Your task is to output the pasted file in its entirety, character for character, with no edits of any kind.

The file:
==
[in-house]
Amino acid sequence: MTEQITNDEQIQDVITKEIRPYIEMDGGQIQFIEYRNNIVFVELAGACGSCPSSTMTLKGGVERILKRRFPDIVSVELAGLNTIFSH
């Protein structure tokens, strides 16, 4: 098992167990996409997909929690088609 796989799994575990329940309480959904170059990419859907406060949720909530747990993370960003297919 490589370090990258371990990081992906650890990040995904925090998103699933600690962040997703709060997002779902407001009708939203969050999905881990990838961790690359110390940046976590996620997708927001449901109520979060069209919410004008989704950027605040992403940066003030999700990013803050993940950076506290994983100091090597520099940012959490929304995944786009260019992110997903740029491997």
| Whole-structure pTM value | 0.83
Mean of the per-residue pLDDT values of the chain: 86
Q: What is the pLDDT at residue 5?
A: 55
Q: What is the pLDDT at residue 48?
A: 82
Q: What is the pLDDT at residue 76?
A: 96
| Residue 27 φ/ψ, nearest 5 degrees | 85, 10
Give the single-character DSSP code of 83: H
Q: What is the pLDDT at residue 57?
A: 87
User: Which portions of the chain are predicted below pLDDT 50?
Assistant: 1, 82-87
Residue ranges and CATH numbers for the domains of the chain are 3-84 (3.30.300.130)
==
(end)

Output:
[in-house]
Amino acid sequence: MTEQITNDEQIQDVITKEIRPYIEMDGGQIQFIEYRNNIVFVELAGACGSCPSSTMTLKGGVERILKRRFPDIVSVELAGLNTIFSH
């Protein structure tokens, strides 16, 4: 098992167990996409997909929690088609 796989799994575990329940309480959904170059990419859907406060949720909530747990993370960003297919 490589370090990258371990990081992906650890990040995904925090998103699933600690962040997703709060997002779902407001009708939203969050999905881990990838961790690359110390940046976590996620997708927001449901109520979060069209919410004008989704950027605040992403940066003030999700990013803050993940950076506290994983100091090597520099940012959490929304995944786009260019992110997903740029491997």
| Whole-structure pTM value | 0.83
Mean of the per-residue pLDDT values of the chain: 86
Q: What is the pLDDT at residue 5?
A: 55
Q: What is the pLDDT at residue 48?
A: 82
Q: What is the pLDDT at residue 76?
A: 96
| Residue 27 φ/ψ, nearest 5 degrees | 85, 10
Give the single-character DSSP code of 83: H
Q: What is the pLDDT at residue 57?
A: 87
User: Which portions of the chain are predicted below pLDDT 50?
Assistant: 1, 82-87
Residue ranges and CATH numbers for the domains of the chain are 3-84 (3.30.300.130)